NEW DELHI: Following "Cold Case", the release of another Malayalam thriller "Kuruthi" is merely a coincidence for south star Prithviraj Sukumaran, who says he believes in choosing good scripts as opposed to picking genres.
But the 38-year-old actor-producer admits that many thrillers have come out recently, which he described as a "byproduct" of the ongoing coronavirus pandemic.
Manu Warrier has directed "Kuruthi" from a script written by Anish Pallya.
"I don't pick genres, I just pick subjects and scripts that come my way," Sukumaran said.
"But yes, of late Malayalam cinema and cinema in general have seen a lot of thrillers and contained films which is obviously a byproduct of the circumstances we are living in. When you start thinking of making cinema in a restricted environment more often than not you are pushed towards making thrillers and stuff like that," he said in a Zoom interview.
"Kuruthi", meaning 'ritual slaughter', depicts a tale of how enduring human relations that transcend boundaries, struggle to survive trials of hatred and prejudice.
The actor said "Kuruthi" discusses an issue that is relevant in the current times.
"The narrative structure might lead you to believe that it is a socio-political thriller. But the content and its import, I'm hoping will convince the viewers that the film is larger than just being relegated to being called a thriller," Sukumaran, who plays a character called Mahmud, added.
While there is no recipe for good or bad cinema for him, the actor believes one can't "design" a film.
"It's about having a story to tell and knowing a director who would know how to tell it. Pretty much it all ends there."
His last theatrical release was the thriller "Ayyappanum Koshiyum", which hit the screens in February 2020 just around the time the coronavirus pandemic struck the country.
After "Cold Case", "Kuruthi" is also heading to Amazon Prime Video for a digital release on August 11.
If a script demands a certain kind of making that will be compromised amid the ongoing health crisis, one must not make it, the actor noted.
That is why the sequel to his directorial debut "Lucifer", starring Mohanlal, which was supposed to happen this year has been put on hold.
"There's no way I can pull that film off right now," Sukumaran said of the follow-up to the 2019 movie.
"You only do films that you know can be made the way they should be made under the current situation. The nature of 'Kuruthi' and its script was such that I was confident of pulling it off with no compromises under complete Covid protocols in place," he added.
There was a certain budget set aside for sanitation, protocols and testing on the film set, said Sukumaran.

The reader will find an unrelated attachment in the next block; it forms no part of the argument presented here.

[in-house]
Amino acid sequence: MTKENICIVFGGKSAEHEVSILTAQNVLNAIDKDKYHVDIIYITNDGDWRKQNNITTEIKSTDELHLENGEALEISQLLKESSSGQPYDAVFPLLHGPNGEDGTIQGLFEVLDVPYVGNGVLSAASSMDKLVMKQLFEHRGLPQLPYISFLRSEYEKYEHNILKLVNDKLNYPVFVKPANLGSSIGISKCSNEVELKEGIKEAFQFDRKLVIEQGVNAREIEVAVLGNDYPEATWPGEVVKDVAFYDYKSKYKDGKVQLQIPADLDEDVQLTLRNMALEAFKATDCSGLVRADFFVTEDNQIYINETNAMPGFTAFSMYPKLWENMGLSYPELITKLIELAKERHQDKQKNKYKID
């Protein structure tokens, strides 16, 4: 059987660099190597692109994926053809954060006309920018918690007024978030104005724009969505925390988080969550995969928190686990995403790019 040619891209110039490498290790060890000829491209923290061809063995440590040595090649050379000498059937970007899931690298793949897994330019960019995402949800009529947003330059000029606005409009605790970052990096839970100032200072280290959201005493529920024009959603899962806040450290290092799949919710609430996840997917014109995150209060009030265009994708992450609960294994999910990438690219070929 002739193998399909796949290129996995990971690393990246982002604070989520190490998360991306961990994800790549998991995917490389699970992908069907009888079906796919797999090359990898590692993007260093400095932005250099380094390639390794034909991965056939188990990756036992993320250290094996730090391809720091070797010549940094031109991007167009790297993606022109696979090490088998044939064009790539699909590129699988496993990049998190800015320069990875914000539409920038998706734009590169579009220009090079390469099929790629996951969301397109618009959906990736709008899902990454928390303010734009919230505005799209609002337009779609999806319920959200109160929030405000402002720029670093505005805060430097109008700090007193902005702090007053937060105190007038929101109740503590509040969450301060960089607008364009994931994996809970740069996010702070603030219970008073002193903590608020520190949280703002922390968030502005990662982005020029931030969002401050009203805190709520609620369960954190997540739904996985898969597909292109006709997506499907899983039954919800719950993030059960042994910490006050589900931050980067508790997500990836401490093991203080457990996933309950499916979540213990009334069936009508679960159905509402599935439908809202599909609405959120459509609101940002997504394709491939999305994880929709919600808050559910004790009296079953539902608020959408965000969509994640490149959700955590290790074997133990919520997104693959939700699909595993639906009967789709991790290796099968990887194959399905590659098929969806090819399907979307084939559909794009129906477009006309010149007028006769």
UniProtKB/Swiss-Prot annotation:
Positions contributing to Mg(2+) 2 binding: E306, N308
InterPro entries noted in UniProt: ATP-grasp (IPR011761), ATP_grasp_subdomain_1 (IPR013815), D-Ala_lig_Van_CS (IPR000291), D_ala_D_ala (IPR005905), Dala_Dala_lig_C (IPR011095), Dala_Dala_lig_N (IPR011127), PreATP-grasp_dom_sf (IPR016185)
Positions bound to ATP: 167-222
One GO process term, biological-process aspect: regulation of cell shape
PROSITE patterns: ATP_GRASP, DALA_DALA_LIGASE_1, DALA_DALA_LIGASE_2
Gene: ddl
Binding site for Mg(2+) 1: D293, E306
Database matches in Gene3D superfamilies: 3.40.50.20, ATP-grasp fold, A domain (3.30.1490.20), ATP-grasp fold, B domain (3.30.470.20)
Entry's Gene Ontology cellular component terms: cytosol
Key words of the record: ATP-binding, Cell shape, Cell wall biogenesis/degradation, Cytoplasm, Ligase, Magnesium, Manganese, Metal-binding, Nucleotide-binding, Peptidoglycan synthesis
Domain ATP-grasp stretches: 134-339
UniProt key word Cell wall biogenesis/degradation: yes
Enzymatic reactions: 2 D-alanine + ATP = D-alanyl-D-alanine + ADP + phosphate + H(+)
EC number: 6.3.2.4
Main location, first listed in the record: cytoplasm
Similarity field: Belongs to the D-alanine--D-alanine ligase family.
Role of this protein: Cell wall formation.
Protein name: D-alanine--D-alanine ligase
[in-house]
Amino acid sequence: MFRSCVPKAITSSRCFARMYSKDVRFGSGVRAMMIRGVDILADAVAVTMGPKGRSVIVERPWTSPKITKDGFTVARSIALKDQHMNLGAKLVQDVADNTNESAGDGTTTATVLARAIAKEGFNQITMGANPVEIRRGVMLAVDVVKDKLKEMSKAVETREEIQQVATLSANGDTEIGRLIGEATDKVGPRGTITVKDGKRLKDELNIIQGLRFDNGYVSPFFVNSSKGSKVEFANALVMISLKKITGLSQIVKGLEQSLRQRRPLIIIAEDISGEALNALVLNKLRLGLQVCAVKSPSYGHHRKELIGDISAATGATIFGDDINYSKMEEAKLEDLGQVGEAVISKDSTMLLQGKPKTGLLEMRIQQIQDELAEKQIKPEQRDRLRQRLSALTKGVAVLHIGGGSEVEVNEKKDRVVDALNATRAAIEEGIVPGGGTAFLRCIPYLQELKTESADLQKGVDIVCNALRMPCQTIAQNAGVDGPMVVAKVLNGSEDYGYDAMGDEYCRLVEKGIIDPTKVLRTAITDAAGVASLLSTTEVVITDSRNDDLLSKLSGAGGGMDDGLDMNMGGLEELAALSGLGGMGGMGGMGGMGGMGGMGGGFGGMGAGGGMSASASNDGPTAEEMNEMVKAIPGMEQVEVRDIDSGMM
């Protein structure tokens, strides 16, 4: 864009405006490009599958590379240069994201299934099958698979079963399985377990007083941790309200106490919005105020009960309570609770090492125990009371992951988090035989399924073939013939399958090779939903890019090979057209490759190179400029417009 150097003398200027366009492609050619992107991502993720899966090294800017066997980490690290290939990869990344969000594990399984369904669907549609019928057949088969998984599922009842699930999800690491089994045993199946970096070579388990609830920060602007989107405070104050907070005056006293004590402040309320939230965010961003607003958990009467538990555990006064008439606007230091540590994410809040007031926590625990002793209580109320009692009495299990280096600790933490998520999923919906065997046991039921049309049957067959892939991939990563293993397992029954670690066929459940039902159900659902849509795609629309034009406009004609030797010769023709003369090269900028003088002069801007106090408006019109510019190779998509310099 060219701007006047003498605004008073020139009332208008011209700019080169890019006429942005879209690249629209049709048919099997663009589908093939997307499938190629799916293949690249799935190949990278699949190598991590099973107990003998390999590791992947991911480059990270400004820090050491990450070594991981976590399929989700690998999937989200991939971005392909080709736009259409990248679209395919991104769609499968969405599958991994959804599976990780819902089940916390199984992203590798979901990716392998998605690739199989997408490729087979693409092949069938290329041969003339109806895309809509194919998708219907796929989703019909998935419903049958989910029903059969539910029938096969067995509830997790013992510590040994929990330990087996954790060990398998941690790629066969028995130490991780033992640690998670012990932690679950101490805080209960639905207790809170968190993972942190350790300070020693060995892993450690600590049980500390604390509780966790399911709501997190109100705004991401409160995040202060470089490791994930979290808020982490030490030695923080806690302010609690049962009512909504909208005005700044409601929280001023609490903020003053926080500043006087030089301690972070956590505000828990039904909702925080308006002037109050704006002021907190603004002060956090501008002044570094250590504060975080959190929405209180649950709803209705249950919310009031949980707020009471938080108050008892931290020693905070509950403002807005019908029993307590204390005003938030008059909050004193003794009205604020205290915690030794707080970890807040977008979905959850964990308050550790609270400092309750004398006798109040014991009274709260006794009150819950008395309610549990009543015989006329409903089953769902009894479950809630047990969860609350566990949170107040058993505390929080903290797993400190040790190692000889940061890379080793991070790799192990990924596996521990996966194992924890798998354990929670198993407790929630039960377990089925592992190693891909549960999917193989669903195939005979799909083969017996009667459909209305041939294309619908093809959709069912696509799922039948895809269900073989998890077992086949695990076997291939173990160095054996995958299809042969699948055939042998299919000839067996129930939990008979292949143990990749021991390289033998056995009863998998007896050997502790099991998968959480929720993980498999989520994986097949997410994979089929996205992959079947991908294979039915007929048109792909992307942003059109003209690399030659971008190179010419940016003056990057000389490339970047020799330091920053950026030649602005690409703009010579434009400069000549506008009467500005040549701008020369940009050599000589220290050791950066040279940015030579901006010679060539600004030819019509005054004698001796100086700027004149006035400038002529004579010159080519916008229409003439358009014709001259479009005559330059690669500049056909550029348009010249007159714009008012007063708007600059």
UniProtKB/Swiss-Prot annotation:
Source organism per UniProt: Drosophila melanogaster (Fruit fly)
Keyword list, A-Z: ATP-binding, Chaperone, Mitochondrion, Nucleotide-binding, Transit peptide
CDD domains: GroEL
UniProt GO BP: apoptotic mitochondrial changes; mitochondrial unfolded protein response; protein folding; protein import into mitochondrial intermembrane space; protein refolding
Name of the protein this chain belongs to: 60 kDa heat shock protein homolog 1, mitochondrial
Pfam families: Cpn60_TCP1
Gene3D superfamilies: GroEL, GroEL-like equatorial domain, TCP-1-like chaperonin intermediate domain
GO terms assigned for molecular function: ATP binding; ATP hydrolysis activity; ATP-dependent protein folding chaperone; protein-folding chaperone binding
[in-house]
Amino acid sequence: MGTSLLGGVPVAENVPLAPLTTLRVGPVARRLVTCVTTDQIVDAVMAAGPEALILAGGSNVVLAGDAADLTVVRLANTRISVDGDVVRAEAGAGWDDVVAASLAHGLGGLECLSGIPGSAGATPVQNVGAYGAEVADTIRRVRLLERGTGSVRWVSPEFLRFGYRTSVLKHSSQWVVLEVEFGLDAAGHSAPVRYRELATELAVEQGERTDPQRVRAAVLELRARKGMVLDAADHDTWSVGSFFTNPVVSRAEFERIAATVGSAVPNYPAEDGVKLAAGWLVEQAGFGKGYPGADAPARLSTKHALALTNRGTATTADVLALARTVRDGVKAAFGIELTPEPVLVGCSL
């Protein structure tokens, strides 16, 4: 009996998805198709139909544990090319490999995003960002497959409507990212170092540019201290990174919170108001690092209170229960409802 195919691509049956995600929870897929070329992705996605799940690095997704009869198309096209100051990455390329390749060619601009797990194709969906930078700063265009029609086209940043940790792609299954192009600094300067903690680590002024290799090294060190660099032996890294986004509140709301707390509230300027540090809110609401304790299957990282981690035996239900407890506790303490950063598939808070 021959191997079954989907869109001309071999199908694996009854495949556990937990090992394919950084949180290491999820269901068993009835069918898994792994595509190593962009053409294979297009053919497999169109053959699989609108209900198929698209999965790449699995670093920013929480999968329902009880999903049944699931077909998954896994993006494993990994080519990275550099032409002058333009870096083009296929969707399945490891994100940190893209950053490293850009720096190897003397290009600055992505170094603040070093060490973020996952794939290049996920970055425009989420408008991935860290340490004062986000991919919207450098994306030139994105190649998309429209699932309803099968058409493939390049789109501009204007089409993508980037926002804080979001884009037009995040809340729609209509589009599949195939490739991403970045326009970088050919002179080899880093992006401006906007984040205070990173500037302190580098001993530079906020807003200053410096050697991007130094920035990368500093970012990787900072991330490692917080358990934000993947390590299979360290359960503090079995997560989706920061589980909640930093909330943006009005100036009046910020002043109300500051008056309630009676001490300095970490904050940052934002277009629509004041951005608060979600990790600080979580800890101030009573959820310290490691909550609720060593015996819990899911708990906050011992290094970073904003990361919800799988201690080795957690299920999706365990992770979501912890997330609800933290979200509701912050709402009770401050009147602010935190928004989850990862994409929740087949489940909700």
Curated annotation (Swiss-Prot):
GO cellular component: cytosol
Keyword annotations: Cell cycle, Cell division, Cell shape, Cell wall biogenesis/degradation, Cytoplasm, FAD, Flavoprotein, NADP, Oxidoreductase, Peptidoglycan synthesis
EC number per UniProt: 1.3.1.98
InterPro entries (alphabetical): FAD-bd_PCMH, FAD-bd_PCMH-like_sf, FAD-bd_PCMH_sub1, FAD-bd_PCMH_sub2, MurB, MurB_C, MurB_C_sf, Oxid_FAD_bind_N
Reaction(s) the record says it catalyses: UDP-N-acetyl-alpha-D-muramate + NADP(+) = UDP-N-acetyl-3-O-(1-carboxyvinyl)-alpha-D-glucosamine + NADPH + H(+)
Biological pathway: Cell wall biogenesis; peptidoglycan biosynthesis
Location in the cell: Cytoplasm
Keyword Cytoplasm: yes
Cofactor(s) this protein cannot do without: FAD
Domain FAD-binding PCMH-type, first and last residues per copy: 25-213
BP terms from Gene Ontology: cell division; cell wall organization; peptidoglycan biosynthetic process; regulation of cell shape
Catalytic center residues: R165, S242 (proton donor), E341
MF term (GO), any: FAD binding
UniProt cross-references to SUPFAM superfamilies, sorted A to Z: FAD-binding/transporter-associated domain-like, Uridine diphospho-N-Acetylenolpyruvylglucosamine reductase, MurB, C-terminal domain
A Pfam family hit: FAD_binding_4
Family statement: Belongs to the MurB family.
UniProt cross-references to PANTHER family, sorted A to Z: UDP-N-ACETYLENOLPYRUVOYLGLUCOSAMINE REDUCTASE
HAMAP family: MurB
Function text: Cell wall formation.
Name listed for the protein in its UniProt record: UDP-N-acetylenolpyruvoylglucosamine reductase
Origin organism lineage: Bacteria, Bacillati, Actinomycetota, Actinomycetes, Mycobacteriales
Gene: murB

"Even with all these things in place, 'Kuruthi' had zero compromises in its making and the way it was executed."
The actor, who has backed "Kuruthi" via his Prithviraj Productions along with Supriya Menon, said as a banner they ensure that the films they bankroll "stand out for content, not for anything else".
As a performer, one is not in control of the execution, so sometimes the film that eventually materialises is nothing like the one visualised when they read the script, he explained.
"Sometimes it's very pleasant and the film that eventually materialises is better than the film you saw (when you read the script). There are times when visions align. As a producer, one is more in control of the execution. One can make sure that before they start the film, their vision aligns with the director and the writer. That way I feel a lot more in control when I'm producing content."
Sukumaran has often talked about directing a film in Hindi and the multihyphenate artist said while many offers have come his way, the biggest obstacle is time.
He has starred in Hindi films like "Aiyyaa", "Aurangzeb" and "Naam Shabana".
"I personally didn't even have time for 'Bro Daddy'," he said about his directorial billed as a "fun family drama" that is currently being shot.
The film marks his reunion with Mohanlal after "Lucifer".
Sukumaran, who also stars in "Bro Daddy" along with Kalyani Priyadarshan, said the production on the film was jump started courtesy the lockdown.
"I was sitting idle and all these big films that I was doing were on floors, we knew we'll not be able to restart any of them any time soon. So I had a script I really liked and had bought. Mr Mohalal and I live in the same building, so one evening I told him what the film is about and he said let's do it. So that's how this film happened," he said.
The actor has also finished filming for "Bhramam", the Malayalam adaptation of the National Award-winning Hindi film "Andhadhun".
"The post-production on 'Bhramam' is also complete. We will very soon get to hear the details about its release," he added.